My devotional book, Reflections of a Southern Boy, was published in 2019 under the byline Jack Cunningham. My three Civil War novels are published under the byline John M. Cunningham, Jr. The third novel is a dog story set during the siege of Port Hudson, Louisiana (1863) titled Squire, A Mascot’s Tale.

John M. Cunningham, Jr: Present

Currently, I’m working on a novel set against the backdrop of Thoroughbred racing in antebellum Mobile. Horse racing was a huge sport in this era. I do not have a definite title for the book yet.

John’s Books

John Cunningham

What do kudzu, fiddler crabs, and an undeserved trophy have in common? They’re all part of Mister Cunningham’s experiences growing up in the Deep South. He compiles these stories and others into a series of devotionals and Bible studies. A few stories, though, just have a Southern theme. Some are humorous and others more serious, but all teach life lessons readers can apply to their own faith journeys.
https://bit.ly/3eFGsMg or https://amzn.to/2Xl6vSU  
John M. Cunningham, Jr.

 

At the outbreak of the Civil War and against his wife Rachel’s pleadings, Captain Jesse Webb takes his beloved dog Squire to war as his regiment’s mascot. Will Squire survive his ordeal and find his way home while the Union army battles the Rebel garrison? https://amzn.to/3gGXbAz John M. Cunningham, Jr.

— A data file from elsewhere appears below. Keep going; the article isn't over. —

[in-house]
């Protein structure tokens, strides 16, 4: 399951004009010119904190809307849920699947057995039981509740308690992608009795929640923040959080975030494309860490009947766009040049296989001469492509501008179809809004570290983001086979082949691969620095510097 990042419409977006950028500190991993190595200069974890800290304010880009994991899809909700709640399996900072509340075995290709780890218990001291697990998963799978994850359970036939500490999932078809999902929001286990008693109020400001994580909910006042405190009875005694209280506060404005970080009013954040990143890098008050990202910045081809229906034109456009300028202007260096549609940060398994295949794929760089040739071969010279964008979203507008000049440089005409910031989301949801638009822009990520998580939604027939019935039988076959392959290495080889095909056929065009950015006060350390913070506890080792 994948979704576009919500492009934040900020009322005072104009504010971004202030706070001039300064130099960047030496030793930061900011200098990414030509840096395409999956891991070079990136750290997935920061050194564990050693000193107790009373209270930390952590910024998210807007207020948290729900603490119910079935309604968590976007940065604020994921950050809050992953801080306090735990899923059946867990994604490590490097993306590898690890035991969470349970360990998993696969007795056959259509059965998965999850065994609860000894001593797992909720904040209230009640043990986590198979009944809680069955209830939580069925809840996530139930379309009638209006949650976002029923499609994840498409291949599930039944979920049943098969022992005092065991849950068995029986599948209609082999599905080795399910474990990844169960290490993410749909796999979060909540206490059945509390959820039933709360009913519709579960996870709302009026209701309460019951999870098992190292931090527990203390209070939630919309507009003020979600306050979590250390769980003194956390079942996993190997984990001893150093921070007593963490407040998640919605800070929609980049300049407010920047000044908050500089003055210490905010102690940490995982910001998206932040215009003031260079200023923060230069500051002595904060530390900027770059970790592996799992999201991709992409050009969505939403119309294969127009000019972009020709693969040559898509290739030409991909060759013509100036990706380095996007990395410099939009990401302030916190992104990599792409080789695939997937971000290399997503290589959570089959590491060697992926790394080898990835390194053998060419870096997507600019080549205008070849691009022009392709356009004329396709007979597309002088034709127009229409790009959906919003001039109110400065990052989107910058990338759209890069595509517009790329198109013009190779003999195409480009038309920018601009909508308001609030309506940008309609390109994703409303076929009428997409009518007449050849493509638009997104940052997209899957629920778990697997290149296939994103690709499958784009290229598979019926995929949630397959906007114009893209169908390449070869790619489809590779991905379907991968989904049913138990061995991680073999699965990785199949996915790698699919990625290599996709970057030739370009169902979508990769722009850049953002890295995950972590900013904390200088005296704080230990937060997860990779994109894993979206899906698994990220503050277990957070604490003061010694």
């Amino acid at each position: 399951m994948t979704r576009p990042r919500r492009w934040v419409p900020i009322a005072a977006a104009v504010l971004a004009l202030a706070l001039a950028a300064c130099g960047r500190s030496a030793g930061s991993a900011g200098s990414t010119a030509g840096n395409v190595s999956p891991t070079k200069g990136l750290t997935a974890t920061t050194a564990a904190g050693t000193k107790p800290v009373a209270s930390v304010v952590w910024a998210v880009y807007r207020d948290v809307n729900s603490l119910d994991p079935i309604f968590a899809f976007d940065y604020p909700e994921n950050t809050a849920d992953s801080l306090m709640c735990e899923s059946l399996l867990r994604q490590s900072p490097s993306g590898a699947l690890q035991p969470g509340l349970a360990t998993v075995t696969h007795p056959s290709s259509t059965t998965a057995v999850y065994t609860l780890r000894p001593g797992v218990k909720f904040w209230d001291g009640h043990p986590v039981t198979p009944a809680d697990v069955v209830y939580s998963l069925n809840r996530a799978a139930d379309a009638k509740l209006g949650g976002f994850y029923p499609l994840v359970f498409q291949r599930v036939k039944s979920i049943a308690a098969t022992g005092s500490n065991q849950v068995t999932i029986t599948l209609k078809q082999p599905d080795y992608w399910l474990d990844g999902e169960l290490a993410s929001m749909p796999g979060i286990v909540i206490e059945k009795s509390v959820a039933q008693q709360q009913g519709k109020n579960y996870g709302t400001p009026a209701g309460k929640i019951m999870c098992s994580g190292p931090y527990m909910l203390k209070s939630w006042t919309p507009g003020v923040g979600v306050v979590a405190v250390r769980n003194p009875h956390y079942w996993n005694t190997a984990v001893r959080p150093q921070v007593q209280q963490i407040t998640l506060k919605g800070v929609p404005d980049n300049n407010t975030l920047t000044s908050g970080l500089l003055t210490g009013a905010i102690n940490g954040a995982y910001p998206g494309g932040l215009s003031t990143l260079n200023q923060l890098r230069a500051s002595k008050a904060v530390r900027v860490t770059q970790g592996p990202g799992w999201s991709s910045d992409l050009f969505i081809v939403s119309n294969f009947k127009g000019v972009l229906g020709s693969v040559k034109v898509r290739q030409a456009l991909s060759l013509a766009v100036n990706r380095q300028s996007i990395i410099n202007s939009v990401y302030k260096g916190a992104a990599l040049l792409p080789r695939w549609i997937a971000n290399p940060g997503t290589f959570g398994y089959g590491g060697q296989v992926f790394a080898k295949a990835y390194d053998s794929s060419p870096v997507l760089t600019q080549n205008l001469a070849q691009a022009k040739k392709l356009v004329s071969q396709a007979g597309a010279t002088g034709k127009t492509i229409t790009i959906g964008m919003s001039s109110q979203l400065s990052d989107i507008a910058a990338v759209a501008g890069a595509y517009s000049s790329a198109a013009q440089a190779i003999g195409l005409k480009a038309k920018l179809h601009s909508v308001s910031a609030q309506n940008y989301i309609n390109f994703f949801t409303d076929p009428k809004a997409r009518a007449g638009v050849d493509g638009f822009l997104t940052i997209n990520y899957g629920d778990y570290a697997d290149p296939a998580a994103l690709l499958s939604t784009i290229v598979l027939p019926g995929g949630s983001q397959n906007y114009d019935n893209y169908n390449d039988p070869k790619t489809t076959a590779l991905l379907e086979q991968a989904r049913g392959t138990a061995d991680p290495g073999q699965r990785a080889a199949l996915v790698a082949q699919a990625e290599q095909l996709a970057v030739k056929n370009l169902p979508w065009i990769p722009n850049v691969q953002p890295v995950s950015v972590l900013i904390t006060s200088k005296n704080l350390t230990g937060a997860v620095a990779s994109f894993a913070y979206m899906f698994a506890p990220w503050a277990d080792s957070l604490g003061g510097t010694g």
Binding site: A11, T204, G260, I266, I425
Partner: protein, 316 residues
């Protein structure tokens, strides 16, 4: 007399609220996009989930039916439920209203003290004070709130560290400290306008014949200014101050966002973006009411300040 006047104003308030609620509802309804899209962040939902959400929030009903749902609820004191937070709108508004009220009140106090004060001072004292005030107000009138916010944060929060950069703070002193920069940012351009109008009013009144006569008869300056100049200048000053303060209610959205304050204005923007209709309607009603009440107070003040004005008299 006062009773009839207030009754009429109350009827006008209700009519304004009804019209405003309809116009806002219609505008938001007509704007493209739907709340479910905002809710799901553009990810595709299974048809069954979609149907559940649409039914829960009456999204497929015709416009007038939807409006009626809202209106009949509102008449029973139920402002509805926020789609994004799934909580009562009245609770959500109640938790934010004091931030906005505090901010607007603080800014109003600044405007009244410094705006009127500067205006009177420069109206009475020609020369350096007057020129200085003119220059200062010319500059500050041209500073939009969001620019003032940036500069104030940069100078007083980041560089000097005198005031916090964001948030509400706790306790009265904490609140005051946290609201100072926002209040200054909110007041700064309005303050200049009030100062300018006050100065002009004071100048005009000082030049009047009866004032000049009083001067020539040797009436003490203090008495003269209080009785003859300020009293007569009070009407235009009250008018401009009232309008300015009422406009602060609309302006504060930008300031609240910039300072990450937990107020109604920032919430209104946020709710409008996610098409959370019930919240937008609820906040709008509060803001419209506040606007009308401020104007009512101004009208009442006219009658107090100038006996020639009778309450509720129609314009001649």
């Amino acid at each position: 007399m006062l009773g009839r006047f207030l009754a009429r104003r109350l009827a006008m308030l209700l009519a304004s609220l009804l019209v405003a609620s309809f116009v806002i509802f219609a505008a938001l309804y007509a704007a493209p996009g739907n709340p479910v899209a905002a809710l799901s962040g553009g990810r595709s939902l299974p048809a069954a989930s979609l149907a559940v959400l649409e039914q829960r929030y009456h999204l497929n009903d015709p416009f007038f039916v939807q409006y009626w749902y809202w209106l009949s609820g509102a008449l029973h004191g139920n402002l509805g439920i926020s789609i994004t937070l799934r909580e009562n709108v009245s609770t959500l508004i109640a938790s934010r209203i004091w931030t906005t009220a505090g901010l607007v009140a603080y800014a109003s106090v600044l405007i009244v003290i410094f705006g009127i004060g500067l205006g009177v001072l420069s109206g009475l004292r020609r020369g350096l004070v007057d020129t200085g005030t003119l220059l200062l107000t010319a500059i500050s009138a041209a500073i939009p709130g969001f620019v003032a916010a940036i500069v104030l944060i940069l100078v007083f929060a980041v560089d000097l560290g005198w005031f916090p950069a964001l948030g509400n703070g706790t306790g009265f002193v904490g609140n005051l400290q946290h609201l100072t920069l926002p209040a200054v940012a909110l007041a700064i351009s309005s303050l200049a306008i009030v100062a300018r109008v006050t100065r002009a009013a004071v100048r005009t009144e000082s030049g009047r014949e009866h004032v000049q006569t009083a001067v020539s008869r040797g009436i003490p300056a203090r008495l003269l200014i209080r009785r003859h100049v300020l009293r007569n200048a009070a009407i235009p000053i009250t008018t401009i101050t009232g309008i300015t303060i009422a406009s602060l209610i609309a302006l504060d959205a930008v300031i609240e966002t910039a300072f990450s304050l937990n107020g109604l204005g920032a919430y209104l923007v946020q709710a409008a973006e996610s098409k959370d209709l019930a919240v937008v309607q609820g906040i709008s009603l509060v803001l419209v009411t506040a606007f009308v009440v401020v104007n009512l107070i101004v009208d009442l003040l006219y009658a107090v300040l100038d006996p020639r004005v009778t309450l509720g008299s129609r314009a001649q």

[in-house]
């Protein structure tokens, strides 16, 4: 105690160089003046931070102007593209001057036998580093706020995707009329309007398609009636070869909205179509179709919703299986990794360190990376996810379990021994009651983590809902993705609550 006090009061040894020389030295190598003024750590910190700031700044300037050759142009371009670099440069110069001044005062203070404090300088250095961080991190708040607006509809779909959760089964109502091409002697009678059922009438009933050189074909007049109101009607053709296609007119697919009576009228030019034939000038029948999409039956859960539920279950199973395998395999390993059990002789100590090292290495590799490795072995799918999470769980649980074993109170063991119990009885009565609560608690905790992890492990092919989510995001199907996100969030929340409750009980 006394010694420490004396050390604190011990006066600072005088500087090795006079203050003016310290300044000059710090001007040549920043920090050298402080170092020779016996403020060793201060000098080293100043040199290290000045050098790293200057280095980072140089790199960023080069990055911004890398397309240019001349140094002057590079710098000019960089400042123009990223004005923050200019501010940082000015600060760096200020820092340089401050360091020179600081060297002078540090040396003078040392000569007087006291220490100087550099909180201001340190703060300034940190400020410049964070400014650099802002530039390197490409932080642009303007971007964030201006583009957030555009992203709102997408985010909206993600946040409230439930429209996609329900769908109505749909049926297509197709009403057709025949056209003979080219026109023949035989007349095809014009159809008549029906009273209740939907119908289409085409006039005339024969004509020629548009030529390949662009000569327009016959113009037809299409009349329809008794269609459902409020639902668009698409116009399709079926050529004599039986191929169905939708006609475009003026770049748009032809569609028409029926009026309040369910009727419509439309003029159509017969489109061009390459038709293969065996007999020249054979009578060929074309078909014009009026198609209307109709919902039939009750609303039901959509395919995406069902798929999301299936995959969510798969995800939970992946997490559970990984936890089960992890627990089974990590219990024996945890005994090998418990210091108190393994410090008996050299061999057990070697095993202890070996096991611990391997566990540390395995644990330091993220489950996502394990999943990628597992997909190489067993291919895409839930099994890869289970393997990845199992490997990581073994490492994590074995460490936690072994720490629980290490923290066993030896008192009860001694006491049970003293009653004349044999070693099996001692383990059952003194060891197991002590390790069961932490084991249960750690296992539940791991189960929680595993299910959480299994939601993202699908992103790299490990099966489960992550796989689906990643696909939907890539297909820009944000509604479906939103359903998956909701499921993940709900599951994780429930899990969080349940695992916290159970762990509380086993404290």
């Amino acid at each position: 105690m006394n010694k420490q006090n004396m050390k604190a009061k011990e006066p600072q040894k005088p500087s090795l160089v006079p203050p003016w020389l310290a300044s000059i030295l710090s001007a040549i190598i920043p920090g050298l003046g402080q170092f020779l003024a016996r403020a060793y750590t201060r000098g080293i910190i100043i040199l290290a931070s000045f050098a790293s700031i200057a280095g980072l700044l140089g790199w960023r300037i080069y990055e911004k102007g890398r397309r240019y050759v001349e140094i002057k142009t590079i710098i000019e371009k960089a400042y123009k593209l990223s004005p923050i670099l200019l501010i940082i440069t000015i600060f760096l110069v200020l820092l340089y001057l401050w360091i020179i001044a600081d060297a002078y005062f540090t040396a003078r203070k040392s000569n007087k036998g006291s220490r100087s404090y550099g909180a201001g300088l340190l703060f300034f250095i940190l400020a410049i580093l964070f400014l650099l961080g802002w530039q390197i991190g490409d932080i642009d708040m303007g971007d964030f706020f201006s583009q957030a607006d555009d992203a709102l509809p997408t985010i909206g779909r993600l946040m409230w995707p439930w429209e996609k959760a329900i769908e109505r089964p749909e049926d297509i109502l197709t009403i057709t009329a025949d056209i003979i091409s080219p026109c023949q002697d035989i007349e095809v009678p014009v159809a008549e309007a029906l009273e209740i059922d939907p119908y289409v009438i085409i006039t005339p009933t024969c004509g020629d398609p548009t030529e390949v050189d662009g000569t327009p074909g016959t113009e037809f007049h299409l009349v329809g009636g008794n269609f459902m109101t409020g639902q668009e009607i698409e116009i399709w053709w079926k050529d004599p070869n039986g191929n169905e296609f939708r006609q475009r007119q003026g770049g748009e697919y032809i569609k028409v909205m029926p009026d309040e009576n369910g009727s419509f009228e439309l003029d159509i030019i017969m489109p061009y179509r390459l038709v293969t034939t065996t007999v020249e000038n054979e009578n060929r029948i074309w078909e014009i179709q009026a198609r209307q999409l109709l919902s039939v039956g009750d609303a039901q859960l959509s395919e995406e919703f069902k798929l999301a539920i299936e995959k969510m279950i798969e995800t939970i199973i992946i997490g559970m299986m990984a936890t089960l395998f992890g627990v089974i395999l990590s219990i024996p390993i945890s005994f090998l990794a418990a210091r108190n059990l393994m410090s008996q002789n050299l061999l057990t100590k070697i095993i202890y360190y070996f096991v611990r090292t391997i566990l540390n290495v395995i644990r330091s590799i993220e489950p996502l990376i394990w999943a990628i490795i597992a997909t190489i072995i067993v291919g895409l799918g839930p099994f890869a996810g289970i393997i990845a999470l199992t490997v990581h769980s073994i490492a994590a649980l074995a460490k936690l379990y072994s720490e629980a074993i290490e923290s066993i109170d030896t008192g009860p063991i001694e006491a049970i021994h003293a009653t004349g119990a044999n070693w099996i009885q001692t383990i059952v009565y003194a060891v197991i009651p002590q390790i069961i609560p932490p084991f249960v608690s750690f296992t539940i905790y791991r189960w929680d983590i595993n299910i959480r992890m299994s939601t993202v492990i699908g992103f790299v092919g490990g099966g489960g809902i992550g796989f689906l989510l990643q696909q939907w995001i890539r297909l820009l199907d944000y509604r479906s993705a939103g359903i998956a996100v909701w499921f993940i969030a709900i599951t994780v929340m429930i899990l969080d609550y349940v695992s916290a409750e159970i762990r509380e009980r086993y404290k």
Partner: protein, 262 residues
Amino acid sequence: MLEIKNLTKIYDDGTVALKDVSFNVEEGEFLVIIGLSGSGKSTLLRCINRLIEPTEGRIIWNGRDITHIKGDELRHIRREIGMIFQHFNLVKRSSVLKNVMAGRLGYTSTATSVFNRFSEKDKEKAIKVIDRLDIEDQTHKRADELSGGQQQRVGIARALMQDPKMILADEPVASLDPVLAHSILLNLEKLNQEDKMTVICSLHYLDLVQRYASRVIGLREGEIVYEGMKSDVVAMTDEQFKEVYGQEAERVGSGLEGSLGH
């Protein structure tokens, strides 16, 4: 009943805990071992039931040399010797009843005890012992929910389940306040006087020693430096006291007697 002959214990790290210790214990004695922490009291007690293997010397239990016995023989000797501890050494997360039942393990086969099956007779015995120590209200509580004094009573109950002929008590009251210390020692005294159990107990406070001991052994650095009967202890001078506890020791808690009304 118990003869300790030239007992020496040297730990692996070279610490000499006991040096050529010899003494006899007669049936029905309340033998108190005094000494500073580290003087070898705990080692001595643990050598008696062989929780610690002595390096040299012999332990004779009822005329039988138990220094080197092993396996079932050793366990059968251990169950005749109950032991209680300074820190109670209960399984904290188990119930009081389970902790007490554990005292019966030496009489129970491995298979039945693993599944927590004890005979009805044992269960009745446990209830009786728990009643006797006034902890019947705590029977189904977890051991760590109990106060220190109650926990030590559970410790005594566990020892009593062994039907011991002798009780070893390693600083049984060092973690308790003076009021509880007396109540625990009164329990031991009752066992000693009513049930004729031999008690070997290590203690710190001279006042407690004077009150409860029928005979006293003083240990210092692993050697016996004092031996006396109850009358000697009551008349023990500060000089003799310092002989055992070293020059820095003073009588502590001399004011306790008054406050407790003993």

Southern Sons ~ Dixie Daughters

John M. CunninghamA sweeping saga of the Civil War’s western naval campaigns, with a large cast of characters, Book 1 in the Southern Sons-Dixie Daughters series follows four Southern families living on the Gulf Coast—the Westcotts, the Jessups, the Soileaus, the indomitable and devout slave Danny who escapes bondage and finds service aboard a Union warship and his wife Nancy, cruelly whisked out of his life decades before the war. https://amzn.to/2XTH7CK John M. Cunningham, Jr.

 

John M. CunninghamWhile Moxley Westcott flees to Mobile to escape arrest by the Union army his brother Ben, a critically wounded prisoner, hovers at death’s door. Their parents and their sister Annie return to their plantation upriver, unaware that danger lurks very near in the person of the evil Xavier Locke, who plans their demise.

This second installment of Southern Sons-Dixie Daughters continues the triumphs, conflicts, and tragedies of these four Southern families against the sweeping saga of the Civil War’s western naval campaigns. Who will live to see the end of the war? Who will die? And who will choose change rather than a hardened heart?
https://amzn.to/36QQRlB  John M. Cunningham, Jr. 

John M. Cunningham, Jr: Links

Facebook John M. Cunningham, Jr, Author
Blog  John M. Cunningham, Jr: The Author’s Cove

 ~ ~ ~

Dear Lord, please bless each word John M. Cunningham, Jr. writes for You.
~ For Jesus’ sake

14 thoughts on “John M. Cunningham, Jr: Let’s Chat!

  1. From one Southerner to another – Congratulations! I find Southerners excellent story tellers. Looking forward to reading your work.

     
     
    1. Welcome, Phyllis. We understand Southern-speak, don’t we? So good to welcome you today. God bless!